1. Kathy

      I didn’t know that theaters in Mumbai play the National Anthem before movies, Vivian. Because nothing’s more patriotic than “Housefull 2!” When teams change positions during the 7th inning in a baseball game, fans have always sung a song called “Take Me Out to the Ballgame.” After 9/11, teams started bringing someone out to sing “God Bless America” right before “Take Me Out to the Ballgame.” It’s a forced patriotism that really annoys me. People of different backgrounds gathering to watch a baseball game or a movie is a public exercise of freedom and patriotism. We don’t need to sing about it, too.

      With that political rant out of the way, I’ll say that filmmakers need to understand the reality of the censor board. I’m not saying they need to accept it, but they need to acknowledge the board when they shoot their films. Rather than forcing the audience to learn to ignore warnings on screen, filmmakers need to decide if it’s necessary that their characters smoke. In “Zila Ghaziabad,” they didn’t need to smoke as much as they did. The bad guys smoke, and Sanjay’s character is sort of a bad guy. Got it. If you’re film has warnings on screen for half of its runtime, you’ve failed as a filmmaker.

      That said, I think it’s worth taking a stand against the board in the case of period films. If your film is set in the ’60s or ’70s when everybody smoked, I think the board should acknowledge that and not force filmmakers to include warnings on screen. Those movies aren’t advocating smoking, just showing historical reality. The declining rate of smoking in the U.S. has been reflected on screen; there just aren’t as many movie characters who smoke these days. Because of that, it was almost shocking when the TV show “Mad Men” came out, and everyone was smoking all the time. But, as the show points out, that was the way the world worked. Advertisers in the ’60s were still promoting cigarettes as healthy. The Indian censor board needs to acknowledge context when enforcing their rules.

      1. Vivian

        Exactly Kathy, it is forced patriotism, till date I am unable to find the reason behind playing of the National Anthem before a movie, and from what I know its only done in Mumbai since years now, have a few friends in other cities of India, no where else its done. Did not get what u meant by Housefull 2?? (The movie)

        And talking about the censor boards, it was like a few years back the censor board had put a ban of scenes of smoking in films and serials, the ban was on for few years but due to continous protest from the film industry “restricting creative freedom” they decided to lift a ban but agreed to put this warning messages whenever a character would smoke on screen. To some extent its much better watching movies at theatre cos if you compare the same movies when shown on tv its much more edited. I had read some where the film makers have to edit movies twice, one while releasing it in theatres and once when its shown on television, The Dirty picture and Delly Belly are recent examples of such movies.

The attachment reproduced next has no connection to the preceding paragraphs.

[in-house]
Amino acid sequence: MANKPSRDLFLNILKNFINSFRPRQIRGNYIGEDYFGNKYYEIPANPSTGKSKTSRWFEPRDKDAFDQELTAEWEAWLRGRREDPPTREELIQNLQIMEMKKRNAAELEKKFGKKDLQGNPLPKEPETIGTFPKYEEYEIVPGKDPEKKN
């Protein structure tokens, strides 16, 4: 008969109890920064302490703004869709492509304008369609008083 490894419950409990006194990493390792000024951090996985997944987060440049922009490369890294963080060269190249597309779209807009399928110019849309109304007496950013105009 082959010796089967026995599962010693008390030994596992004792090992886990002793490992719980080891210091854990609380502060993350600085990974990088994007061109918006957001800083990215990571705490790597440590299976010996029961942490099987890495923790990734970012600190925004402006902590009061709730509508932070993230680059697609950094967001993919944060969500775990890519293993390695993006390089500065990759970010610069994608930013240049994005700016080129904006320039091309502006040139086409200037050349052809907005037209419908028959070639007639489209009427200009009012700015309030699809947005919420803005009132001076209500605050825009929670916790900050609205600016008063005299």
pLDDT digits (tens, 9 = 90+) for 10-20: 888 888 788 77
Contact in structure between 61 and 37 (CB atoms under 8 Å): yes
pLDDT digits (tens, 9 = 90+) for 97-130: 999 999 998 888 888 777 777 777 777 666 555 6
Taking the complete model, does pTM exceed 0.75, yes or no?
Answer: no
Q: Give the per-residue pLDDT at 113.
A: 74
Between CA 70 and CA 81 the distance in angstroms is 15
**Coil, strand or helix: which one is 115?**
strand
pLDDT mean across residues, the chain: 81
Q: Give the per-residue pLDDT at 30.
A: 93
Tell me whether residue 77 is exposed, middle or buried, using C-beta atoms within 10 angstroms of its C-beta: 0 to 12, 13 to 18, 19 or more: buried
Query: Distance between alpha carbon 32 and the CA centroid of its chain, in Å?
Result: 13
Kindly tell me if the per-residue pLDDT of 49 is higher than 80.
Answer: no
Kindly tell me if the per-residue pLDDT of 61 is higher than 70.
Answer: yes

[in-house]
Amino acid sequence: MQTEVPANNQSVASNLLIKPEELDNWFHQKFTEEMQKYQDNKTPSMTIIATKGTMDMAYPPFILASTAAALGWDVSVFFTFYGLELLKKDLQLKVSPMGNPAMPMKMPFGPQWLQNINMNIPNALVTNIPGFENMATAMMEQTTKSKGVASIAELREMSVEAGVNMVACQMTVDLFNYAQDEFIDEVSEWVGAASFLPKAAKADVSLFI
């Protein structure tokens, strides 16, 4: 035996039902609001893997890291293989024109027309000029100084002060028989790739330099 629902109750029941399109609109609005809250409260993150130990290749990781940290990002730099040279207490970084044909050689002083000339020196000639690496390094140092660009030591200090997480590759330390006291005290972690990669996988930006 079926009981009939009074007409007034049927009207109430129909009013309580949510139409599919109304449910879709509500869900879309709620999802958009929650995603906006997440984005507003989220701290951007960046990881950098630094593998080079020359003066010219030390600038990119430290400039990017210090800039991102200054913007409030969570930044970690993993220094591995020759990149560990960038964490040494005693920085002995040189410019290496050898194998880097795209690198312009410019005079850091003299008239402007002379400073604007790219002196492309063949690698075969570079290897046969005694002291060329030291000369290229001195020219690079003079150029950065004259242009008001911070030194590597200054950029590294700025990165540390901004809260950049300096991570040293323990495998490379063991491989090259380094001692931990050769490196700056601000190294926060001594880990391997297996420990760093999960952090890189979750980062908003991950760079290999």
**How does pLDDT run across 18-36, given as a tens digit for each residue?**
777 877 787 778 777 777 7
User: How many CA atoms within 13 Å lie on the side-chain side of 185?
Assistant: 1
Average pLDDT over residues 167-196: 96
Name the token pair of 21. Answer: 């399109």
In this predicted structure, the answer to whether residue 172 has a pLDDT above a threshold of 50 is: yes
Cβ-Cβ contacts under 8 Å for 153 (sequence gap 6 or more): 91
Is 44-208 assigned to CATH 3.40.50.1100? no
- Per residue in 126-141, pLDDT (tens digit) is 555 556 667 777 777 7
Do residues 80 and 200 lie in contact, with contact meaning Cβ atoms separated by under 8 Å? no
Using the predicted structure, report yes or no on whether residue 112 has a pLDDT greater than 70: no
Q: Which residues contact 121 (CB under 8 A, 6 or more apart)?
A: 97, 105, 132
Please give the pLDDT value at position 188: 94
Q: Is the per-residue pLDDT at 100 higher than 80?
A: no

2. Shah Shahid

    *standing ovation*
    I think this is, from what I’ve read thus far, your best Review to date!
    I laughed, I cried, I cheered. Most of all, I wanted a smoke by the end… maybe I didn’t get the moral. Although, I’ve been cig-less for the last 6 months and 21 days… therefore I’m a hero! πŸ˜€

    I didn’t have high hopes for this. The first promo didn’t impress me at all: featuring all the supposed bad ass looking characters, all dancing to the title song, which is the name of the movie… repeatedly. Yes… dangerous guys these.

    Glad to know I won’t be missing much. Thanks Kathy… as always!

    1. Kathy

      *takes a bow*
      Thank you, Shahid! I’m pretty proud of this one. My husband said, “You know, if it didn’t mean you actually had to sit through these shitty movies, I’d wish every film you reviewed was that bad.”

      Shahid, since you are now smoke-free, go right ahead and start a killing spree. The cops will look the other way because you will have touched their hearts. I’ll even sing about it: “Forsaking his writing, he’s out to wage war!”

  3. meeradarjiyr1

    Wow seems like such a rubbish film! Though I have to admit when I first saw the trailer I was like “what?” in terms of what the hell is this film about. It seemed like a waste of time….and your review supports that πŸ™‚ The cigarette sign on screen must have been pretty annoying! Definitely not on my watch-list. By the way great review, as always.

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  5. JustMeMike

    Since you mentioned it, I now recall that I took note of the smoking warnings which are now even on the DVDs. Barfi and Jab Tak Hai Jaan have them. Of course, I had these shipped over from India so it isn’t a surprise..